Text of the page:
By Mary Kate Cary |
The bipartisan Senate framework for an immigration overhaul signals a dramatic change in the politics of and prospects for immigration reform. With eight heavy-hitters signing on to an agreement that will pave a road to citizenship for the nation's 11 million undocumented immigrants, the question is no longer if but how quickly the Senate will act. And with the president launching his push for immigration reform today in Nevada, the gathering momentum is tangible.
November 6 was plainly a game changer for this issue. Statements by Republican elected officials and commentators in the immediate aftermath of the election reflected awareness that passing immigration reform has become an existential imperative for the party. Immigrant bashing and nativism have no business in 21st century American politics and the one concrete way that the Republican Party can move beyond the ugly rhetoric of the far right is to embrace sensible (and humane) immigration policies.
Poll after poll show that more than two thirds of Americans support the type of reform reflected in the senators' framework. The reason is obvious: Americans are idealists but not ideologues and they recognize that it is in our collective self-interest to achieve a pragmatic policy solution to what has been a vexing political problem. Americans reject the notion of a second class of citizens but they want to be sure everyone has earned the privilege of citizenship. They want a secure border, but they also want a level playing field for all workers and employers.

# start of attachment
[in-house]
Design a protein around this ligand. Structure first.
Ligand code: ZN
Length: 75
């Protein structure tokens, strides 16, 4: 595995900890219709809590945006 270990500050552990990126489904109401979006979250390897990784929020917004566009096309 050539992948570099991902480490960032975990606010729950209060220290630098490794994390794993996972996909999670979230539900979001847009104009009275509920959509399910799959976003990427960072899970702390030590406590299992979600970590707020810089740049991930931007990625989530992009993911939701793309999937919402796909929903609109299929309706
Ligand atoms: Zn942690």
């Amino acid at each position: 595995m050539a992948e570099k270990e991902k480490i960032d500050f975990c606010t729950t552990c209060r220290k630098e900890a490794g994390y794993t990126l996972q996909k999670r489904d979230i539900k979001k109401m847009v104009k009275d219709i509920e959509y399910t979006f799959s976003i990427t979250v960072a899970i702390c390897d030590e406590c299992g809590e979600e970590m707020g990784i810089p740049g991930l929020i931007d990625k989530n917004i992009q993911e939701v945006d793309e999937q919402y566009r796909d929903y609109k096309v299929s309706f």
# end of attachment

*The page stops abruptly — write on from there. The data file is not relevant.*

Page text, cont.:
Of course, a framework of principles is only the first step. It includes a roadmap to citizenship for the 11 million undocumented immigrants, an amplified version of employment verification that takes into account due process, and a recognition of the need for both high- and low-skilled immigrants, all while acknowledging the need to protect the rights of American workers. But questions remain: Will, for example, the border security benchmarks that precede legalization prove impossible to meet, creating a pathway to citizenship in name only? Will LGBT families be included in the final legislation? Nonetheless, in conjunction with the president's push and strong signals of bipartisanship on the House side, this is an important first step on the road to reform that serves America's best interests and highest values.
About Marshall Fitz Director of Immigration Policy at the Center for American Progress
Tamar Jacoby President of ImmigrationWorks USA
Darrell West Director Governance Studies at Brookings Institution
Mark Krikorian Executive Director of the Center for Immigration Studies
Rosemary Jenks Director of Government Relations at NumbersUSA